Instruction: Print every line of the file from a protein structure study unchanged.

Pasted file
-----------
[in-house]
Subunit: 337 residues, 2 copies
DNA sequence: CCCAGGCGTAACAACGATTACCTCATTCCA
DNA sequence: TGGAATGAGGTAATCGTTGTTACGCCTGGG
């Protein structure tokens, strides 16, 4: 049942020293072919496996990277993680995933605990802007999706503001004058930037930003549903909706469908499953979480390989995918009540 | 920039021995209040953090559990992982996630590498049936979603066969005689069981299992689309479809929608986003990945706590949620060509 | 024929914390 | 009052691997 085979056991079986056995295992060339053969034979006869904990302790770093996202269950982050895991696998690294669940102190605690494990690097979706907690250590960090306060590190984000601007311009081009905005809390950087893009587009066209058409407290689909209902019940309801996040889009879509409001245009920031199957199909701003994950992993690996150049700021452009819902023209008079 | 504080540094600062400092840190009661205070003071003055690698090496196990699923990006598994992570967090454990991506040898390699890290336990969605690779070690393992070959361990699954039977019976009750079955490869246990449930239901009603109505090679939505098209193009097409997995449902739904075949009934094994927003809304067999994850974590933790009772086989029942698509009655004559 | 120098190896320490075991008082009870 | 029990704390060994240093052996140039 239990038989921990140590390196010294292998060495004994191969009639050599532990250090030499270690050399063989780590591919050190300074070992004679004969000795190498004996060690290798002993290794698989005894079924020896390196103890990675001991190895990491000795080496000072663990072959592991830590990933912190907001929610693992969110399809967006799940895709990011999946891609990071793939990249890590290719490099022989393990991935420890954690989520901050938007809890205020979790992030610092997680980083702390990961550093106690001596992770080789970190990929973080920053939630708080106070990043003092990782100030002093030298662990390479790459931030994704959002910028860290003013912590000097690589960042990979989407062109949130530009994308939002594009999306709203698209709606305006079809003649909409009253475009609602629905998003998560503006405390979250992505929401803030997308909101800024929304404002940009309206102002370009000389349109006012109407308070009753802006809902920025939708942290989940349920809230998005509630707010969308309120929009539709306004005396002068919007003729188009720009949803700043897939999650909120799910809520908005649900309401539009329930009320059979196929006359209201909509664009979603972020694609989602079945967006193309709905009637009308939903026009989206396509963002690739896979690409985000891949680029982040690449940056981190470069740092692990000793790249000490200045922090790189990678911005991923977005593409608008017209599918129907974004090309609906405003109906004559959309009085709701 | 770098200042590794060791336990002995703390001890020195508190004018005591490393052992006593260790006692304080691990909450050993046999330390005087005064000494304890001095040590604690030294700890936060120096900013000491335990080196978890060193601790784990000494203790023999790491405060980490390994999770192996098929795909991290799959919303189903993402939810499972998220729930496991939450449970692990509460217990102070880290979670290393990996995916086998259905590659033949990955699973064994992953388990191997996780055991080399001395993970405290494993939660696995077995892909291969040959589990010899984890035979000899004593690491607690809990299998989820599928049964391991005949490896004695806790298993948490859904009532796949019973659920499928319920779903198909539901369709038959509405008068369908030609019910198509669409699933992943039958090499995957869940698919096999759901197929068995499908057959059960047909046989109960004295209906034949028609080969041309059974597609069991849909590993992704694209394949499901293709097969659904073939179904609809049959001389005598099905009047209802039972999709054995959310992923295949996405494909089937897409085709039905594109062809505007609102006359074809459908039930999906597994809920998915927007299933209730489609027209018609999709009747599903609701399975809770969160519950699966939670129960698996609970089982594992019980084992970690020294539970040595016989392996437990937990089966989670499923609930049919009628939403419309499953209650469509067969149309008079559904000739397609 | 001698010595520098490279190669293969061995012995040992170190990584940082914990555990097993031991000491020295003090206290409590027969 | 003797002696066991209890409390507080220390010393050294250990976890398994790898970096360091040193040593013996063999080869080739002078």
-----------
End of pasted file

[in-house]
Subunit: 337 residues, 2 copies
DNA sequence: CCCAGGCGTAACAACGATTACCTCATTCCA
DNA sequence: TGGAATGAGGTAATCGTTGTTACGCCTGGG
């Protein structure tokens, strides 16, 4: 049942020293072919496996990277993680995933605990802007999706503001004058930037930003549903909706469908499953979480390989995918009540 | 920039021995209040953090559990992982996630590498049936979603066969005689069981299992689309479809929608986003990945706590949620060509 | 024929914390 | 009052691997 085979056991079986056995295992060339053969034979006869904990302790770093996202269950982050895991696998690294669940102190605690494990690097979706907690250590960090306060590190984000601007311009081009905005809390950087893009587009066209058409407290689909209902019940309801996040889009879509409001245009920031199957199909701003994950992993690996150049700021452009819902023209008079 | 504080540094600062400092840190009661205070003071003055690698090496196990699923990006598994992570967090454990991506040898390699890290336990969605690779070690393992070959361990699954039977019976009750079955490869246990449930239901009603109505090679939505098209193009097409997995449902739904075949009934094994927003809304067999994850974590933790009772086989029942698509009655004559 | 120098190896320490075991008082009870 | 029990704390060994240093052996140039 239990038989921990140590390196010294292998060495004994191969009639050599532990250090030499270690050399063989780590591919050190300074070992004679004969000795190498004996060690290798002993290794698989005894079924020896390196103890990675001991190895990491000795080496000072663990072959592991830590990933912190907001929610693992969110399809967006799940895709990011999946891609990071793939990249890590290719490099022989393990991935420890954690989520901050938007809890205020979790992030610092997680980083702390990961550093106690001596992770080789970190990929973080920053939630708080106070990043003092990782100030002093030298662990390479790459931030994704959002910028860290003013912590000097690589960042990979989407062109949130530009994308939002594009999306709203698209709606305006079809003649909409009253475009609602629905998003998560503006405390979250992505929401803030997308909101800024929304404002940009309206102002370009000389349109006012109407308070009753802006809902920025939708942290989940349920809230998005509630707010969308309120929009539709306004005396002068919007003729188009720009949803700043897939999650909120799910809520908005649900309401539009329930009320059979196929006359209201909509664009979603972020694609989602079945967006193309709905009637009308939903026009989206396509963002690739896979690409985000891949680029982040690449940056981190470069740092692990000793790249000490200045922090790189990678911005991923977005593409608008017209599918129907974004090309609906405003109906004559959309009085709701 | 770098200042590794060791336990002995703390001890020195508190004018005591490393052992006593260790006692304080691990909450050993046999330390005087005064000494304890001095040590604690030294700890936060120096900013000491335990080196978890060193601790784990000494203790023999790491405060980490390994999770192996098929795909991290799959919303189903993402939810499972998220729930496991939450449970692990509460217990102070880290979670290393990996995916086998259905590659033949990955699973064994992953388990191997996780055991080399001395993970405290494993939660696995077995892909291969040959589990010899984890035979000899004593690491607690809990299998989820599928049964391991005949490896004695806790298993948490859904009532796949019973659920499928319920779903198909539901369709038959509405008068369908030609019910198509669409699933992943039958090499995957869940698919096999759901197929068995499908057959059960047909046989109960004295209906034949028609080969041309059974597609069991849909590993992704694209394949499901293709097969659904073939179904609809049959001389005598099905009047209802039972999709054995959310992923295949996405494909089937897409085709039905594109062809505007609102006359074809459908039930999906597994809920998915927007299933209730489609027209018609999709009747599903609701399975809770969160519950699966939670129960698996609970089982594992019980084992970690020294539970040595016989392996437990937990089966989670499923609930049919009628939403419309499953209650469509067969149309008079559904000739397609 | 001698010595520098490279190669293969061995012995040992170190990584940082914990555990097993031991000491020295003090206290409590027969 | 003797002696066991209890409390507080220390010393050294250990976890398994790898970096360091040193040593013996063999080869080739002078």